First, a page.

Working around the table, Gofforth received a mixed message from council members. Most were opposed to the idea, so soon after failing. Mike Tiedeman favored asking the question again, noting that the squeaking wheel gets attention eventually, and that it would not cost the town anything to add the question to the April ballot. Jeff Peed had a contrary opinion, "Until the roads start to rot apart the voters are not going to approve it."
The mayor let the matter drop, so voters will only have the one taxing question to consider in the upcoming election. She then adjourned the regular meeting and convened the regularly scheduled work session.
County administrator Robbie LeValley was on hand to provide an update on the county's master plan update. She explained the last update to the county's master plan was in 1996, and the county had devoted a lot of resources to this current effort to gather as much input from the public as possible. Three community meetings, meetings with specific target groups, and online forms all generated a lot of input to be incorporated into the latest vision and goals. The updated plan is scheduled to go to the planning commission for consideration in mid-February.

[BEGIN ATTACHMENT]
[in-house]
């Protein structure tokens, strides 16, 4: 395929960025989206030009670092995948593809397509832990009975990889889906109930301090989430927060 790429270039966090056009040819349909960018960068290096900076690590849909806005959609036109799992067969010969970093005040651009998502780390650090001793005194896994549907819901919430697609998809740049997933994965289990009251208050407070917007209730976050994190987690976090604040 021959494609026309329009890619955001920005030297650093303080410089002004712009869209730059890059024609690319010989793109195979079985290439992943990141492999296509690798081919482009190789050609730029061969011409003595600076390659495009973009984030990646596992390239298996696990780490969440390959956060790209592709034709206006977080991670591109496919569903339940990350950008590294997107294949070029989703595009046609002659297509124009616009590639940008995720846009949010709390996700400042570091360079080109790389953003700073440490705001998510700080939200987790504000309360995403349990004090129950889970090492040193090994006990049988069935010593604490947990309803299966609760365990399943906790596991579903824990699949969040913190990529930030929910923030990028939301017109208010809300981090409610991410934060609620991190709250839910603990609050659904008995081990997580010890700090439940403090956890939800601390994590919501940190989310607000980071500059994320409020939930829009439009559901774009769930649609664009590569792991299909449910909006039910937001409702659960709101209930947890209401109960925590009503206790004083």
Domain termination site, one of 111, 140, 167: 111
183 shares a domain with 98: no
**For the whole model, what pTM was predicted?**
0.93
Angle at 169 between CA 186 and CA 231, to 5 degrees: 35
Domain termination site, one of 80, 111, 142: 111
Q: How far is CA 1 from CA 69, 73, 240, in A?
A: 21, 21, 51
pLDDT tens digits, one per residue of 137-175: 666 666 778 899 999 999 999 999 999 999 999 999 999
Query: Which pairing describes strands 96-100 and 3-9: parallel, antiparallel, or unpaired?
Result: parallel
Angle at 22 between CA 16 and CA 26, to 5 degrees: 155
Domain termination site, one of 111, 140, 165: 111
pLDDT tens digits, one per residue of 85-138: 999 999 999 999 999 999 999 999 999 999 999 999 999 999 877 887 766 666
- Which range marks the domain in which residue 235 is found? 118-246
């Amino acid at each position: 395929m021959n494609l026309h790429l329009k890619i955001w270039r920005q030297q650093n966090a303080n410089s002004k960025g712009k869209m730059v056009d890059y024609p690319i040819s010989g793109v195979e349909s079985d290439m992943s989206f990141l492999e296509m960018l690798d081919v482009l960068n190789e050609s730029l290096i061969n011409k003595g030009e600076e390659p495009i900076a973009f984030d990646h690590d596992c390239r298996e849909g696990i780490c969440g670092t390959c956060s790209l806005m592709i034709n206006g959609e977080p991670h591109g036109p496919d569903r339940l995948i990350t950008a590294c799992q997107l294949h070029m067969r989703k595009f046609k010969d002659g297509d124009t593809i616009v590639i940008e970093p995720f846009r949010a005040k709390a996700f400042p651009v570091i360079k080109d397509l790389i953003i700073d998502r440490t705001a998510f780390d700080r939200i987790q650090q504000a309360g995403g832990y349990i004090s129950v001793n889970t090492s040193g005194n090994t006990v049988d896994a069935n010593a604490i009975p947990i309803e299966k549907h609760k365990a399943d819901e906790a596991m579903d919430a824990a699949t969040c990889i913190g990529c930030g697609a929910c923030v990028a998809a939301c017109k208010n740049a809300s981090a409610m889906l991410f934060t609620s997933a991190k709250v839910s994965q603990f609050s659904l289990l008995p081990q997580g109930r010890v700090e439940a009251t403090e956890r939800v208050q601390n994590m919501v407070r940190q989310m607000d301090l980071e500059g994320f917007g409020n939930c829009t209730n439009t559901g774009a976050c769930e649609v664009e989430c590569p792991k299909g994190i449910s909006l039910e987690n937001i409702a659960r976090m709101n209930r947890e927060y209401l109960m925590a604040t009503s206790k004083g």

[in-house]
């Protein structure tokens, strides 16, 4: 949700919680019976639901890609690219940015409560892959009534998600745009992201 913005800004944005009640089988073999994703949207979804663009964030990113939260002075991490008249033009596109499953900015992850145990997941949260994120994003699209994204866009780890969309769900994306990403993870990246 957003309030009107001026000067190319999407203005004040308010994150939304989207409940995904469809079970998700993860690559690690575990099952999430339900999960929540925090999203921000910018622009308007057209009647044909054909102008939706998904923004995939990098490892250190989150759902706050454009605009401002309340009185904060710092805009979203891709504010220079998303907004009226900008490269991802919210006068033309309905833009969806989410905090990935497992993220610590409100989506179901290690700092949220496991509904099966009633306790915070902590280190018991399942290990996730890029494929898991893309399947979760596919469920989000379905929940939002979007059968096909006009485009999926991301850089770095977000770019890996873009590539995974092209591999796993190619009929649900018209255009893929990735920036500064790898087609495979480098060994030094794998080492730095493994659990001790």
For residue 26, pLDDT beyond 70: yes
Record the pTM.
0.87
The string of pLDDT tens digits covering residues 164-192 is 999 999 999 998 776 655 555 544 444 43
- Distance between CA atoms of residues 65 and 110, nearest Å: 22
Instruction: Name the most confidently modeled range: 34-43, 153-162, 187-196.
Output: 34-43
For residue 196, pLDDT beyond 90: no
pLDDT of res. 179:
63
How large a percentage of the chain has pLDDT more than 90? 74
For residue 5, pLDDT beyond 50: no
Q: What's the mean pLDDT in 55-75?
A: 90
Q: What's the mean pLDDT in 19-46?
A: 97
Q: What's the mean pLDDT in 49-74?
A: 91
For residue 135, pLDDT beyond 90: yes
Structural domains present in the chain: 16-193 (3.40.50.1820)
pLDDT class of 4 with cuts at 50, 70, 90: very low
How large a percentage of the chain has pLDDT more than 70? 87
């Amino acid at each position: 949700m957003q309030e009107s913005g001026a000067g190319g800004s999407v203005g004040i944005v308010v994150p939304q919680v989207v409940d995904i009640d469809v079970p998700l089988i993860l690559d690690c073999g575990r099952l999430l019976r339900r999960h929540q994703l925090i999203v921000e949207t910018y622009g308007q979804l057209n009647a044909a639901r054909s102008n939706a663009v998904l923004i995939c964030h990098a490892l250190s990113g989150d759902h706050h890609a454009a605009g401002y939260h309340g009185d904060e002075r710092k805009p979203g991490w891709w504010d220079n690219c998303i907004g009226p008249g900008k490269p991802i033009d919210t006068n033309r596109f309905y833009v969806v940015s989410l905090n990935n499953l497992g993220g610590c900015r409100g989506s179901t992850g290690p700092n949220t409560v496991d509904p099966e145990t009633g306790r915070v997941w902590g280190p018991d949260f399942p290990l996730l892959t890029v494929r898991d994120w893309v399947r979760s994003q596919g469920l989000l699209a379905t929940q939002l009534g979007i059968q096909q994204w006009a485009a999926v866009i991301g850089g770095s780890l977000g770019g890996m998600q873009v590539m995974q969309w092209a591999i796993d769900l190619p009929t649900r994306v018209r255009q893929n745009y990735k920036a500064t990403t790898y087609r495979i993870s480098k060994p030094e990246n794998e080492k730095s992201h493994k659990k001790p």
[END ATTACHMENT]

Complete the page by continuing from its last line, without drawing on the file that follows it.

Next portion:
LeValley said a couple of things have changed since 1996. She noted that recreation is now a required topic, so there is more emphasis. On the other hand, "while still important" there is less emphasis on private property rights as compared to 1996. Protection of agriculture is a critical element, and Delta County is trying to become more business friendly. These factors form the basis for the master plan, which influence what things look like from a land use stand point.
As part of the planning process, LeValley asked if the town has any issues or changes it would like to discuss as part of the IGA between the county and town. The IGA, or intergovernmental agreement, looks at the areas adjacent to the town limits where county regulations influence potential development. LeValley was asked if the county could provide a copy of the IGA.
The mayor added two items to the agenda for the next regular meeting on Feb. 7. The first item is related to the town attorney. Jim Brown is retiring after decades as the town's attorney, and the town has two proposals for his replacement.
The second item is a discussion of establishing a municipal court. Mayor Gofforth presented council members with minutes of meetings going back years, calling attention to the many different times the matter has been up for discussion.
The next meeting of the Crawford Town Council will be Wednesday, Feb. 7, at 7 p.m.
On Tuesday, Sept. 11, the Delta County Board of Commissioners called a special meeting to consider the board's response to the Bureau of Land Management's preliminary Environmental Assessment (EA) concerning the lease parcels proposed for the December BLM sale.
Several people from the North Fork were present to provide input.